Thursday, January 26, 2012

The Confederacy's Only US President Buried 150 Years Ago-- Part 2

At the end of his presidency, John Tyler returned to his Virginia home just outside Richmond where he remained largely out of politics until the Virginia secession crisis of 1861.  A strong advocate of states rights, he nonetheless worked for a compromise to keep Virginia from leaving the Union.  And, he especially worked against Virginia going to war.

After he failed, he stood with his state and supported the Confederacy, even becoming a member of the House of Representatives shortly before his death.

Upon his death, he became the only US president whose death was not officially recognized in Washington, DC due to his allegiance to the Confederacy.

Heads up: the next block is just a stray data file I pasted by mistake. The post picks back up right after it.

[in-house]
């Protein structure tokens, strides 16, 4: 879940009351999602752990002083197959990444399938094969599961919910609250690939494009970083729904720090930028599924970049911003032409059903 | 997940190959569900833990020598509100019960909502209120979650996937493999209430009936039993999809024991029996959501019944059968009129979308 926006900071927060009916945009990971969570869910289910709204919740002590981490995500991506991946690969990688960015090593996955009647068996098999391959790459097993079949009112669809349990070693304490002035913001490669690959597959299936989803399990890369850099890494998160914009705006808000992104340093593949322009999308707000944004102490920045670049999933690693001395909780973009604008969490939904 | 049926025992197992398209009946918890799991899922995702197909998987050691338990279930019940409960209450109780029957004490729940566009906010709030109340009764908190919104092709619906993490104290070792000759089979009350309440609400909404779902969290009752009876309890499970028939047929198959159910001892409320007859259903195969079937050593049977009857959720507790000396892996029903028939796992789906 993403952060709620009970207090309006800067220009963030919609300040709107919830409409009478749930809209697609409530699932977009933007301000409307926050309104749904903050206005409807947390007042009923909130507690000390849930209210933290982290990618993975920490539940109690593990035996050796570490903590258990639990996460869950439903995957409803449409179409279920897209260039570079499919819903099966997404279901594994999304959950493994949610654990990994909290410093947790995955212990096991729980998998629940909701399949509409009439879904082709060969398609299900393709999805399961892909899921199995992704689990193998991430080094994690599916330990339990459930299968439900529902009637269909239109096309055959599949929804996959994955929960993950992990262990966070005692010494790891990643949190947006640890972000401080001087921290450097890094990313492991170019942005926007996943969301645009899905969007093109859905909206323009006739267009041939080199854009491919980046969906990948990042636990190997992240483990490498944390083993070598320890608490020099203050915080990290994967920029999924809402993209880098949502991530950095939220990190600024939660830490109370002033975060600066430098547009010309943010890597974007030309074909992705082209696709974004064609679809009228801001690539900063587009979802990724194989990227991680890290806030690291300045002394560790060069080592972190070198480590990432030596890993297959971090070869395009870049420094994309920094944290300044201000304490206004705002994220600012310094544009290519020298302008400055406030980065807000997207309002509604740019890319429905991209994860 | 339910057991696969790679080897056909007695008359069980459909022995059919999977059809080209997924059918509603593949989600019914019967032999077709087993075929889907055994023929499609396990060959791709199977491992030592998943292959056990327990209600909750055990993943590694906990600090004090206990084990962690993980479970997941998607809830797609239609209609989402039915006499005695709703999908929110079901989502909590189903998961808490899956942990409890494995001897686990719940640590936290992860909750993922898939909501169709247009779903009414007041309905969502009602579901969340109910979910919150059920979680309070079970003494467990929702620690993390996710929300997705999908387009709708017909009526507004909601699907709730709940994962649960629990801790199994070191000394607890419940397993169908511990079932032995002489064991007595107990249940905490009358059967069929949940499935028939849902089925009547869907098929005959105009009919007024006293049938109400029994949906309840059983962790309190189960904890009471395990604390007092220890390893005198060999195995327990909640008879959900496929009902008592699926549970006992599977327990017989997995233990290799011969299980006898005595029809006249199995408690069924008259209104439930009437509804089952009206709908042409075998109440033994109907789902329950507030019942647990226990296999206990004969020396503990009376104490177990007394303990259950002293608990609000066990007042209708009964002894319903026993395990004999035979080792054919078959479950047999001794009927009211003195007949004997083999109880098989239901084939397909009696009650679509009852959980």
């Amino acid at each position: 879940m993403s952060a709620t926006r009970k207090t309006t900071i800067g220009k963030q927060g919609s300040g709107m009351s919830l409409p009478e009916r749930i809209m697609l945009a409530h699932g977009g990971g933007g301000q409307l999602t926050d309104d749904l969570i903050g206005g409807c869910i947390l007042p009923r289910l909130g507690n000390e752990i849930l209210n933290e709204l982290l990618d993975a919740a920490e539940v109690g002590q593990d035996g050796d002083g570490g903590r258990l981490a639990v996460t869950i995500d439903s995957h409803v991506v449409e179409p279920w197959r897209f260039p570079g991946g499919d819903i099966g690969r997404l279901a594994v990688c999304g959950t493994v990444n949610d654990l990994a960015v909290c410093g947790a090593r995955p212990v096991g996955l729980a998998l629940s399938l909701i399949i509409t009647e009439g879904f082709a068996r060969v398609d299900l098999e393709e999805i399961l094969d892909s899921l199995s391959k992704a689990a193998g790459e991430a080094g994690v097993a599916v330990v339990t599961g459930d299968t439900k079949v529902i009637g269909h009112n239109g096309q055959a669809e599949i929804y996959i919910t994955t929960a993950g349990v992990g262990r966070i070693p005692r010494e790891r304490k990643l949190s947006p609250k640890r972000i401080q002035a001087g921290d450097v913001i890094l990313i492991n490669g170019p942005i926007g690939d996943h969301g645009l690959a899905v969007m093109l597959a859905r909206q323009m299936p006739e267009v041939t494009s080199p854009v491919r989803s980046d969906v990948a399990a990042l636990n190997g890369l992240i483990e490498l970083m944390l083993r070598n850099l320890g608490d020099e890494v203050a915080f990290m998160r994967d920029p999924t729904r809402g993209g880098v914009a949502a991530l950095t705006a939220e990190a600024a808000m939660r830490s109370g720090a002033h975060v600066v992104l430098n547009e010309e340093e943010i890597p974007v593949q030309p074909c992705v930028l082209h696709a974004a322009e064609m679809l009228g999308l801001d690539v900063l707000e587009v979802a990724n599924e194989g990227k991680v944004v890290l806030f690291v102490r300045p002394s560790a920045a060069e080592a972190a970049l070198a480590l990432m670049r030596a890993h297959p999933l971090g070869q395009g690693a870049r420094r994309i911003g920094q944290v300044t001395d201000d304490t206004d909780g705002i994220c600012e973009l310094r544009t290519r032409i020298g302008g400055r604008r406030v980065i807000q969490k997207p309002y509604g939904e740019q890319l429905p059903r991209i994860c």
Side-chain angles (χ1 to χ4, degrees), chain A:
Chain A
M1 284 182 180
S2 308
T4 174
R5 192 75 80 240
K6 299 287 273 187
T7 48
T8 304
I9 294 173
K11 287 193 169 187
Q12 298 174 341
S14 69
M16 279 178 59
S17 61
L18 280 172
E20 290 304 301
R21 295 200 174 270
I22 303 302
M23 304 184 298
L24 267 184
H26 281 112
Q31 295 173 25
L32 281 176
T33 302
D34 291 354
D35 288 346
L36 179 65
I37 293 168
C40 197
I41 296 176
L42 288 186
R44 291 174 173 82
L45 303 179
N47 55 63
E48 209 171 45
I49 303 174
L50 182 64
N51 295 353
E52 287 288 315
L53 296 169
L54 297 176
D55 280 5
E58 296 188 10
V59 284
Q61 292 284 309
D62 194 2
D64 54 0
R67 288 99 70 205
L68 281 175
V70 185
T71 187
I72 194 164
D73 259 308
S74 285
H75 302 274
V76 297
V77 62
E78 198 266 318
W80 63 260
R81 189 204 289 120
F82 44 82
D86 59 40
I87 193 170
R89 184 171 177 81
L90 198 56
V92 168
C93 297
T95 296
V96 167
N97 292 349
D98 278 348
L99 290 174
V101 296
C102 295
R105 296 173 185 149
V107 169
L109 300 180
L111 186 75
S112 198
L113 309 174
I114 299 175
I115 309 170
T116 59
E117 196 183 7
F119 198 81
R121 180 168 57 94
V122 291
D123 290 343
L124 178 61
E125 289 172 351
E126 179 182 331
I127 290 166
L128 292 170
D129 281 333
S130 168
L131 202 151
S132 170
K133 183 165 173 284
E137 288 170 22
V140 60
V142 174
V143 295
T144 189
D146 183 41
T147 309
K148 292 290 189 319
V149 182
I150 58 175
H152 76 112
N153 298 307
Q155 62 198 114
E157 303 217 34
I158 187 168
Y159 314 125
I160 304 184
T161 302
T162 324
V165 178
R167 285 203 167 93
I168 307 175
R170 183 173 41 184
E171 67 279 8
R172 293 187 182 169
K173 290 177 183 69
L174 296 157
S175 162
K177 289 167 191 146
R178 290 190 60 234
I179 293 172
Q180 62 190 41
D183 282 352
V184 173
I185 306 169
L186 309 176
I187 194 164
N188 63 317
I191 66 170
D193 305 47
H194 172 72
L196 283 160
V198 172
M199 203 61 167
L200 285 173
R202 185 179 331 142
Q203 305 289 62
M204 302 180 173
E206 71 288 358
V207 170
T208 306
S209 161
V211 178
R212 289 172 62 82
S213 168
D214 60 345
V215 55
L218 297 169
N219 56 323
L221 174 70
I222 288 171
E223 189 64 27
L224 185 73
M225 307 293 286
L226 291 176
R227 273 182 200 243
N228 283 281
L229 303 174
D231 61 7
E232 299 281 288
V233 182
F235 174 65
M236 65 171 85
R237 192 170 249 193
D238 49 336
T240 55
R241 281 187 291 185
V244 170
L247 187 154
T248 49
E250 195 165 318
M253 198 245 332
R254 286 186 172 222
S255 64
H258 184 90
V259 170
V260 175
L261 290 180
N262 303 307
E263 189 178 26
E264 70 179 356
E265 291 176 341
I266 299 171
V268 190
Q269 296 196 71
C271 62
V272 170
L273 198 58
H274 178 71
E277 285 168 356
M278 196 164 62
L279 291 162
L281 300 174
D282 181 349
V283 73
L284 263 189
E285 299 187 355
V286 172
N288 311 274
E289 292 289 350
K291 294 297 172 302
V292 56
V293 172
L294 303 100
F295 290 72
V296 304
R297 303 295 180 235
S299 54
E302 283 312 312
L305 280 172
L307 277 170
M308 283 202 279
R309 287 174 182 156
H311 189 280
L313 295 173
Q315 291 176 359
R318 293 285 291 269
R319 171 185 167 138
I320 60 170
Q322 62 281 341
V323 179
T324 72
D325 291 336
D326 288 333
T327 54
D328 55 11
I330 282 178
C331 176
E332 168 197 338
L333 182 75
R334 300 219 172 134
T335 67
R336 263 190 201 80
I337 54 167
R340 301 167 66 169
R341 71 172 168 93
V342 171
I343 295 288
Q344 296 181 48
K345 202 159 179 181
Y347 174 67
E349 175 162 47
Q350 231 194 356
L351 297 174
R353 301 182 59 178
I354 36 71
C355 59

Despite his wishes for a simple funeral, the Confederate government gave him a state one with all the pomp and circumstance that entails.

After lying in state, the body was taken from the Capitol to St. Paul's Church where Bishop Johns gave an eloquent sermon to a packed house.  Then, the group went to Hollywood Cemetery where Tyler was buried near President James Monroe.  President Jefferson Davis, his cabinet, most of the Congress and many state officials attended.

The graves of both presidents are found in President's Circle at the cemetery.

A Leader in Two Countries.  --Old Secesh

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